Could Drew Peterson conviction in third wife’s death mean charges in fourth wife’s case?
BY JON SEIDEL Sun-Times Media September 6, 2012 10:13PM
Pam Bosco, a family spokesperson for Stacy Peterson, speaks outside the Will County Courthouse in Joliet, Ill., Thursday, Sept. 6, 2012, after a jury convicted former Bolingbrook, Ill., police officer Drew Peterson of murdering his third wife, Kathleen Savio, in 2004. Peterson, the former suburban Chicago police officer who generated a media storm after his much-younger fourth wife, Stacy Peterson, vanished in 2007, was convicted in a case based mainly on secondhand hearsay statements from the two women. (AP Photo/M. Spencer Green)
- Drew Peterson juror: Hearsay evidence did him in
- Brown: If not for Stacy’s disappearance, Drew Peterson would be free
- Drew Peterson conviction comes at crucial time in Glasgow re-election bid
- At the Joliet courthouse, singing, chanting and f-bombs
- Supreme Court could be Drew’s best hope
- Peterson attorneys predict successful appeal
- Roeper: Drew Peterson not untouchable after all. That’s unanimous
- Steinberg: Verdict wipes grin off Drew Peterson’s face
- Drew Peterson’s son slams verdict, mom’s family
- The Drew Peterson Timeline
- Photos: Drew Peterson Trial
Updated: October 9, 2012 2:57PM
With Drew Peterson finally convicted of the murder of third wife Kathleen Savio, Will County’s top prosecutor said Thursday his team needs time to catch its breath.
Then he’ll take another look at the high-profile disappearance of Peterson’s fourth wife, Stacy Peterson.
“We are going to aggressively review that case with an eye toward potentially charging it,” Will County State’s Attorney Jim Glasgow said.
Stacy Peterson, a 23-year-old mother of two, vanished without a trace Oct. 28, 2007. She failed to show when she was expected to go to her brother’s home to paint. Her case drew unwanted police and media scrutiny to her cop husband, whose third wife died more than three years earlier in what was initially labeled a slip-and-fall accident in her bathtub.
A Will County jury decided Thursday Peterson murdered Savio and left her body to be found in her dry bathtub March 1, 2004.
Peterson might never have been charged with Savio’s death, though, had Stacy never disappeared. He’d likely be a free man.
And just as Stacy’s disappearance loomed large over Peterson’s trial, questions abounded Thursday about what his conviction means for Stacy.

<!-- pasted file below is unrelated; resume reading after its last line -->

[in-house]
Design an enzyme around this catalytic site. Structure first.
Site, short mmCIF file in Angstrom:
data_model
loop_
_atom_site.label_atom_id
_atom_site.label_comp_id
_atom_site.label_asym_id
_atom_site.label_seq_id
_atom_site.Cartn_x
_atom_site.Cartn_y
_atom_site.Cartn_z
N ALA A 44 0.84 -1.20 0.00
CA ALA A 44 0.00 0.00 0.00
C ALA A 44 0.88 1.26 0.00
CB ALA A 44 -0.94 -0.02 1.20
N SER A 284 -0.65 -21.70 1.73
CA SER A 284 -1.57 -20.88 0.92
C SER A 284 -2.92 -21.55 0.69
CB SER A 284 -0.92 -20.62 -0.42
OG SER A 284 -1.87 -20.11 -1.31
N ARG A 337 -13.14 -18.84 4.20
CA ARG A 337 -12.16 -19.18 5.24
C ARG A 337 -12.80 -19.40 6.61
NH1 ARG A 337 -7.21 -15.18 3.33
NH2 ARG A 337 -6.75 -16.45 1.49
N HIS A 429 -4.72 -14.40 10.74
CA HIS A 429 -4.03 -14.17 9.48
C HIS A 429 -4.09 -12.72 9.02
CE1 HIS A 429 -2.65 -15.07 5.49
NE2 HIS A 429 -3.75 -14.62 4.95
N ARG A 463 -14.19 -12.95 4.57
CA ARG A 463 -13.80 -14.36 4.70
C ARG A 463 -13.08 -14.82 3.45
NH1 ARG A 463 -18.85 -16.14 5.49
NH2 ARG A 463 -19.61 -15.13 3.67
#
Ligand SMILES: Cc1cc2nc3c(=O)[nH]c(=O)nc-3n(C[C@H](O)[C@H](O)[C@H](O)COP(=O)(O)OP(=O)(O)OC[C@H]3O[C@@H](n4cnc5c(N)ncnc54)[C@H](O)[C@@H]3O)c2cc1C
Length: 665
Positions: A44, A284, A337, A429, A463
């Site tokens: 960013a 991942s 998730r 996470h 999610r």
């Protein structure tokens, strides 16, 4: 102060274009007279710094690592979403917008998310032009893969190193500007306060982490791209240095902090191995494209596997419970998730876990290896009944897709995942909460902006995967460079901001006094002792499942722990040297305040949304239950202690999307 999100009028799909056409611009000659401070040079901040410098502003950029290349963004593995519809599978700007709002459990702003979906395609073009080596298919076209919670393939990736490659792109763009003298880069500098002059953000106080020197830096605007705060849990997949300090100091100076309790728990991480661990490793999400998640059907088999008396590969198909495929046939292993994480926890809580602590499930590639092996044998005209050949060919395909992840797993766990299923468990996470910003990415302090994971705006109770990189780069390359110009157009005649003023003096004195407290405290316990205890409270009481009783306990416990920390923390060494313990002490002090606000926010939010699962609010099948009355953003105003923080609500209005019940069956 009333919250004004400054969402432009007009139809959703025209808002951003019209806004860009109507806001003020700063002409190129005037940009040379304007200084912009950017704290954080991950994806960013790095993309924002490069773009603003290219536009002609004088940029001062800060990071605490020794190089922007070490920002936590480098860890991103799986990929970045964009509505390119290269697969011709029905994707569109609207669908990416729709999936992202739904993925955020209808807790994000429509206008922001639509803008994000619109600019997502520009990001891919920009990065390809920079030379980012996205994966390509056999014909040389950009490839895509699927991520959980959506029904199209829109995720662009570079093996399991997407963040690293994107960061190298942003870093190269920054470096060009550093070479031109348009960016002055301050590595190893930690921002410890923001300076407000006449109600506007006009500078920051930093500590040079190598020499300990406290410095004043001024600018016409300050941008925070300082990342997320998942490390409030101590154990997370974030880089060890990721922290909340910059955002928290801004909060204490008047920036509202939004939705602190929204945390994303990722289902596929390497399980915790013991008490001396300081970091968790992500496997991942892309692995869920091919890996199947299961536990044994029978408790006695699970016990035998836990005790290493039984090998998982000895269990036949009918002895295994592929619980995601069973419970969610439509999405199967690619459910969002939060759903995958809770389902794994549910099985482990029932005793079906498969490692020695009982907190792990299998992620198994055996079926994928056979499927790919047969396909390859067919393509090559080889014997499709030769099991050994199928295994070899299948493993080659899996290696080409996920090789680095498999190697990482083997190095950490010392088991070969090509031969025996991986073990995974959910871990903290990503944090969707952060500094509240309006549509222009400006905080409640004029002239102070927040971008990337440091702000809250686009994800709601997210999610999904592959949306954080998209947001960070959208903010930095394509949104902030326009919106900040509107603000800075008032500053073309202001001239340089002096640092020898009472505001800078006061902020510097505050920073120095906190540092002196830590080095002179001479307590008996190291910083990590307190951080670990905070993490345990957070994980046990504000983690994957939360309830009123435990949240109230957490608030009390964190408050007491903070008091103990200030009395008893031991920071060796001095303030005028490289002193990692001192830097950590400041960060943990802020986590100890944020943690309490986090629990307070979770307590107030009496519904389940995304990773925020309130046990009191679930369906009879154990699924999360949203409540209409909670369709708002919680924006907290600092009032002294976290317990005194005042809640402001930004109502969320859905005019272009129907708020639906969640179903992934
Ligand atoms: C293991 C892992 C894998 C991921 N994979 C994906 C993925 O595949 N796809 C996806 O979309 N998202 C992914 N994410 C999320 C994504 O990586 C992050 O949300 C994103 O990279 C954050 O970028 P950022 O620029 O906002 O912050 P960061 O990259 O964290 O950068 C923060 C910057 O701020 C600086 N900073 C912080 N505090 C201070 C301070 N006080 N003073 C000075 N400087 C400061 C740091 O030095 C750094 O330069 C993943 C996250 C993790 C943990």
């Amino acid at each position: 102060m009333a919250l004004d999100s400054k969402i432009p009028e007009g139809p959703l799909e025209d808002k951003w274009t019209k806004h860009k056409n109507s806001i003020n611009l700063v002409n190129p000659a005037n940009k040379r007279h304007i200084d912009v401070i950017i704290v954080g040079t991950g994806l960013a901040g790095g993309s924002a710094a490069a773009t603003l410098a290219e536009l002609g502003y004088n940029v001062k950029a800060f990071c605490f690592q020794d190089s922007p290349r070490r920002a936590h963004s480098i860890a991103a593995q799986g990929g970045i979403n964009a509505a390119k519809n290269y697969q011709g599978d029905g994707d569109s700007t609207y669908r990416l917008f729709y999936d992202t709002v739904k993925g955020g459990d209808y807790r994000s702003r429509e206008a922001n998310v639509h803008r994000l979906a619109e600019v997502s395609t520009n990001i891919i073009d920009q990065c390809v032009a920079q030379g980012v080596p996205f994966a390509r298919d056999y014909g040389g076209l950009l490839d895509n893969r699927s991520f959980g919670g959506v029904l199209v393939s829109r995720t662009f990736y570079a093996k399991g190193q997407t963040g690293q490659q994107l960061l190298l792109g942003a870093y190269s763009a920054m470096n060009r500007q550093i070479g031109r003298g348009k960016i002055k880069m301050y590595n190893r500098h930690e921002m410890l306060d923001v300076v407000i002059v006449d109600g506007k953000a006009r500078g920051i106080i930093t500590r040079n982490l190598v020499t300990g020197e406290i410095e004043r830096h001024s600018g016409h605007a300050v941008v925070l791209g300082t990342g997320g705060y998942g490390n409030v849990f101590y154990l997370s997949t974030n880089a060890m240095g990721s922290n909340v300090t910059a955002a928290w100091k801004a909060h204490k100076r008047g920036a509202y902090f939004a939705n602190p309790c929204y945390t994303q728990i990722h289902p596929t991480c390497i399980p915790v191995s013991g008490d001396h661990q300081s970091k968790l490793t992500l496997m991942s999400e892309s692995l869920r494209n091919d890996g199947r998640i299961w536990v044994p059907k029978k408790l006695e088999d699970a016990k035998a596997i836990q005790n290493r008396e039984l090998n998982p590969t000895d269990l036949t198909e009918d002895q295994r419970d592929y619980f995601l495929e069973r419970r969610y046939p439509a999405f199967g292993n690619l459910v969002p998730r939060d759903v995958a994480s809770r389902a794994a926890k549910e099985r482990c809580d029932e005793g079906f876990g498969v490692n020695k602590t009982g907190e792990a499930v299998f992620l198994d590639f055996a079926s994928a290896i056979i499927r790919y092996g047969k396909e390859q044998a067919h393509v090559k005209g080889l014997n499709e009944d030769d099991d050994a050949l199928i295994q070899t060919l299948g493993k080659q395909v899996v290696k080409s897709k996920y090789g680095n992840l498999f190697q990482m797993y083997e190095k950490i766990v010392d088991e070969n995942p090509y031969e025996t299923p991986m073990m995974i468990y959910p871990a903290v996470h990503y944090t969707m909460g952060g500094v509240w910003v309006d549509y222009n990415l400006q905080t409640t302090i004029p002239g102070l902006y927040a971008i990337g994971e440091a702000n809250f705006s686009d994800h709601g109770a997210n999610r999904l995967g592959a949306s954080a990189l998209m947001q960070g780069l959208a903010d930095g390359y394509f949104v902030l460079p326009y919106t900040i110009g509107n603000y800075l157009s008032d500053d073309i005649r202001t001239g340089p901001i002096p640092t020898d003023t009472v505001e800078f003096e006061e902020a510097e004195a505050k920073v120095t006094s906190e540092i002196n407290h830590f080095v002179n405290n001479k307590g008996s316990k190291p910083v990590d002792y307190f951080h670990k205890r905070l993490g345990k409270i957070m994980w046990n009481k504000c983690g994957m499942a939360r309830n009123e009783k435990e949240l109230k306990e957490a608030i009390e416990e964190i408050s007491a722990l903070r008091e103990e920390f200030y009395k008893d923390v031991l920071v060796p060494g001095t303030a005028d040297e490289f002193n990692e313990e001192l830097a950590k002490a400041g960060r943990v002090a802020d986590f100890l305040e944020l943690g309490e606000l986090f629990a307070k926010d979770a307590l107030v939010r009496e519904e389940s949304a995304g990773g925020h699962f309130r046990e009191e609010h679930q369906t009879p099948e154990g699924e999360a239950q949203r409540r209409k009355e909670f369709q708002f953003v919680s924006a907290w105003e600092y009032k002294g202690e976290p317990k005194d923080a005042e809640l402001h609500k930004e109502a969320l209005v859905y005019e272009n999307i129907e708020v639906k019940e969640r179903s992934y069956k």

Shortly after the verdict, Savio’s half-brother, Nick, told reporters Stacy is next in line for justice. And Pam Bosco, a spokeswoman for Stacy’s family who attended every day of Peterson’s trial, said another trial is “right around the corner”
“This man has to pay for Stacy,” Bosco said. “There’s no reason why he shouldn’t be brought back into this court and face another jury.”
Investigators have yet to find Stacy Peterson’s body. And just as in Savio’s trial — which was generally considered an uphill battle for Glasgow — prosecutors would first have to prove Stacy was murdered. Glasgow was asked Thursday if Stacy must be declared legally dead for Peterson to be charged.
“Obviously the longer any person is gone, the easier it is to prove that they haven’t just simply run away and that they are deceased,” Glasgow said. “And Oct. 28 of 2007 is way in our rearview mirror now.”
Jurors in Peterson’s trial heard former Savio divorce attorney Harry Smith testify Stacy called him Oct. 24, 2007 — days before she disappeared — wanting to know if she could use the fact that Peterson killed Savio against him in a divorce.
Peterson’s stepbrother, Tom Morphey, has also said he helped Peterson move a blue barrel out of Drew and Stacy’s home and into Peterson’s SUV. Morphey described the barrel to police as feeling warm and weighing about 120 pounds, sources have said. He said he tried to kill himself after he suspected he’d helped Peterson remove Stacy’s body from the house.
“There’s not a day that goes by that I don’t wish I could take back the events of that day,” Morphey has said.
Two longtime friends of Peterson’s, Len Wawczak and his wife, Paula Stark, have also said they wore a wire for the Illinois State Police and recorded seven months of intimate conversations with Peterson. Wawczak told the Sun-Times Peterson predicted he’d be tried and acquitted long before his fourth wife’s remains are found.
Joel Brodsky, Peterson’s lead defense attorney, said Thursday he’d “certainly” represent Peterson if he’s indicted for Stacy’s murder. But neither he nor the rest of Peterson’s defense team wanted to spend much time answering questions about a second possible trial. They only warned prosecutors another indictment could become problematic if Peterson’s conviction is overturned on appeal.
“We’ll worry about it if it happens,” defense attorney Steve Greenberg said.